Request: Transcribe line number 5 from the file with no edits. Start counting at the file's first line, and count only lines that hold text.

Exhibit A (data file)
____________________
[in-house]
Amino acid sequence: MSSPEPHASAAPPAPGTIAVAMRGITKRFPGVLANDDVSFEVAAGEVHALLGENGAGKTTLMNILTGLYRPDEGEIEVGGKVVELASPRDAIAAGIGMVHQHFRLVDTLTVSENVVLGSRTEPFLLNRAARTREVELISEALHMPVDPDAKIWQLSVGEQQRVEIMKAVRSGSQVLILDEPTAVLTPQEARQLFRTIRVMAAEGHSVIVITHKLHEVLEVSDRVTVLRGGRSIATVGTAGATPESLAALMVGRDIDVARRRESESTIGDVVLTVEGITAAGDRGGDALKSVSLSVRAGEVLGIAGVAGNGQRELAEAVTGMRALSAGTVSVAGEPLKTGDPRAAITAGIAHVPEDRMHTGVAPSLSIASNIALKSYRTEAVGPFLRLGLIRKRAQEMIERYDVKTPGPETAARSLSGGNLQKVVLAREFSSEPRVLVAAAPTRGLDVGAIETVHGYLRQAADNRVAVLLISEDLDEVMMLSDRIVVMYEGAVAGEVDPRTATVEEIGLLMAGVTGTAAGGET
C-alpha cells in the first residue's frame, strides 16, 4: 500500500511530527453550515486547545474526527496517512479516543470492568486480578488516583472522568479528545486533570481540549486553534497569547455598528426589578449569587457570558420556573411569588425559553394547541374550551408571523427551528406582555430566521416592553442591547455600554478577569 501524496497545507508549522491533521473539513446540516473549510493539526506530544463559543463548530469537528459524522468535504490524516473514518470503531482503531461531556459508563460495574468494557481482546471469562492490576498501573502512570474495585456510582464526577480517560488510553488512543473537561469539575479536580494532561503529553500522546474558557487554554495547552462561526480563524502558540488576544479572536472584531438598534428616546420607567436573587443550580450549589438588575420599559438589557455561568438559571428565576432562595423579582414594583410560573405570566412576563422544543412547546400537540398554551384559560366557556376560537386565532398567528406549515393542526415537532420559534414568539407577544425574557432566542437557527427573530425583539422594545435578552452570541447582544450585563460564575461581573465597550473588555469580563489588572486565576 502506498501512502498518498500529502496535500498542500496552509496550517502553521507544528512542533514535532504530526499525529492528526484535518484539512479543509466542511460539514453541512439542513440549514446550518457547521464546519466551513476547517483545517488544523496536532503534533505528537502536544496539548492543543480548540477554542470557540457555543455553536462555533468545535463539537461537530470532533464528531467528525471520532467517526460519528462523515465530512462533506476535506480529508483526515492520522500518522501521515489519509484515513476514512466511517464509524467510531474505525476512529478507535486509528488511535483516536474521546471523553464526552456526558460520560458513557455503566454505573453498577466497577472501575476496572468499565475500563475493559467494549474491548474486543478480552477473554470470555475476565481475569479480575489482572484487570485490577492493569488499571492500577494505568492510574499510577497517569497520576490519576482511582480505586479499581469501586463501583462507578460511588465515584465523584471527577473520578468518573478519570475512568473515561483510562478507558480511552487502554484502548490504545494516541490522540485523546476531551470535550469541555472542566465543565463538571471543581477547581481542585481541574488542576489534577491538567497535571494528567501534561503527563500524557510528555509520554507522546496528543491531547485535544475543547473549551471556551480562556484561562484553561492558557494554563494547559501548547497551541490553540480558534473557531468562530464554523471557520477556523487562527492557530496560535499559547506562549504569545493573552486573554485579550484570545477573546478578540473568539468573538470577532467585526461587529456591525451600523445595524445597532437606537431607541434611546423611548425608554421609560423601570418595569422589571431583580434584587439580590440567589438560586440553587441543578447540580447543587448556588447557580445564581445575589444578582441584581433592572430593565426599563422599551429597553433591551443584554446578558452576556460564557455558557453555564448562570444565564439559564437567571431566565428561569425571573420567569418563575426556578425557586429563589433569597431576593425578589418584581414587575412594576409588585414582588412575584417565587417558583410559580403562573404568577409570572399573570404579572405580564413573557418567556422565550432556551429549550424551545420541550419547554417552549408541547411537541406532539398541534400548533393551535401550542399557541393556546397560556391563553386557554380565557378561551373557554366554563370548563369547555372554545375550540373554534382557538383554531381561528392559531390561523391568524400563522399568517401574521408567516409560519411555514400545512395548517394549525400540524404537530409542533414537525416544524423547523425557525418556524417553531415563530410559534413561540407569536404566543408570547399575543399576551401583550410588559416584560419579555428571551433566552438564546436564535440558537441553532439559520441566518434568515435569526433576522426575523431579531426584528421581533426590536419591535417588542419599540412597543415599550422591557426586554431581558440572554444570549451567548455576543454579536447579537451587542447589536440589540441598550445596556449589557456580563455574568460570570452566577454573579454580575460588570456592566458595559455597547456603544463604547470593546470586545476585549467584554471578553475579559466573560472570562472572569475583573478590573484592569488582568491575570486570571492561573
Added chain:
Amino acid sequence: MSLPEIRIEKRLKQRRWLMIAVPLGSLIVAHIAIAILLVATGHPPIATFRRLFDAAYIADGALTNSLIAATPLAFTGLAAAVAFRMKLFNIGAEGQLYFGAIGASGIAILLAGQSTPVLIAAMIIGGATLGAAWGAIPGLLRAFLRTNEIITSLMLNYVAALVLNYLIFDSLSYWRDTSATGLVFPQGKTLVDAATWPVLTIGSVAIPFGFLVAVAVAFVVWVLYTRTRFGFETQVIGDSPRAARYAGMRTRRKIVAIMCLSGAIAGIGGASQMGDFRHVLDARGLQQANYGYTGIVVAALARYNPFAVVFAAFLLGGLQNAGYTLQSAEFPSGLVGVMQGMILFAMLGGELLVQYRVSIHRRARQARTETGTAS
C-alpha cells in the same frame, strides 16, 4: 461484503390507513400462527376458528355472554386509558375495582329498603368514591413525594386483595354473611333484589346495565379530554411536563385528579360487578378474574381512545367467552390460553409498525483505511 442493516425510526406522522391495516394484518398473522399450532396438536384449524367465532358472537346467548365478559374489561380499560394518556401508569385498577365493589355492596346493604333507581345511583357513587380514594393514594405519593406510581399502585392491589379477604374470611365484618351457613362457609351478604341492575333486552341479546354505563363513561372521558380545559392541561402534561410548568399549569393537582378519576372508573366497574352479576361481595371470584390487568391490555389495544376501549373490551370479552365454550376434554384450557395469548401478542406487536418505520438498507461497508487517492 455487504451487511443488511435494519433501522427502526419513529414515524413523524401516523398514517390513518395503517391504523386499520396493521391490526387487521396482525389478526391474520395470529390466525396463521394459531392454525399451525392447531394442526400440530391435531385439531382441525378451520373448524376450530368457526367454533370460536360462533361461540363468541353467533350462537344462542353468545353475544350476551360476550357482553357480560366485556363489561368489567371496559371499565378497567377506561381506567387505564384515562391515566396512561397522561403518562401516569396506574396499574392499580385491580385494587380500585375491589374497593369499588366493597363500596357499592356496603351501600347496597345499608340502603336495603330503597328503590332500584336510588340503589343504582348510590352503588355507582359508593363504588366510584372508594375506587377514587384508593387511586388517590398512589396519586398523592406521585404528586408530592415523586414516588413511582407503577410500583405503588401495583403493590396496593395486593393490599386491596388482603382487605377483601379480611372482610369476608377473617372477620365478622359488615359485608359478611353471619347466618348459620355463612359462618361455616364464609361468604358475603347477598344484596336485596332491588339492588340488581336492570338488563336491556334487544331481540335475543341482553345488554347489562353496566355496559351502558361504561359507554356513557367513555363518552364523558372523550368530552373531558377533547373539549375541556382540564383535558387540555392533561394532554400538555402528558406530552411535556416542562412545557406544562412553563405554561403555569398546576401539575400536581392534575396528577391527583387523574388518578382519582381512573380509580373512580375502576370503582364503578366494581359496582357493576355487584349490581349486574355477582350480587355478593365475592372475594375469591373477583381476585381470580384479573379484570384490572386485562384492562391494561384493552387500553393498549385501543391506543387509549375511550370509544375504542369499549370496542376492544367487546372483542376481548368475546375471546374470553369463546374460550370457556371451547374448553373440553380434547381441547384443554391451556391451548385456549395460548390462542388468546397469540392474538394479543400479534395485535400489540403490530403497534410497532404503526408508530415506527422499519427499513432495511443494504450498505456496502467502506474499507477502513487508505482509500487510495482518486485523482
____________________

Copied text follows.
Amino acid sequence: MSLPEIRIEKRLKQRRWLMIAVPLGSLIVAHIAIAILLVATGHPPIATFRRLFDAAYIADGALTNSLIAATPLAFTGLAAAVAFRMKLFNIGAEGQLYFGAIGASGIAILLAGQSTPVLIAAMIIGGATLGAAWGAIPGLLRAFLRTNEIITSLMLNYVAALVLNYLIFDSLSYWRDTSATGLVFPQGKTLVDAATWPVLTIGSVAIPFGFLVAVAVAFVVWVLYTRTRFGFETQVIGDSPRAARYAGMRTRRKIVAIMCLSGAIAGIGGASQMGDFRHVLDARGLQQANYGYTGIVVAALARYNPFAVVFAAFLLGGLQNAGYTLQSAEFPSGLVGVMQGMILFAMLGGELLVQYRVSIHRRARQARTETGTAS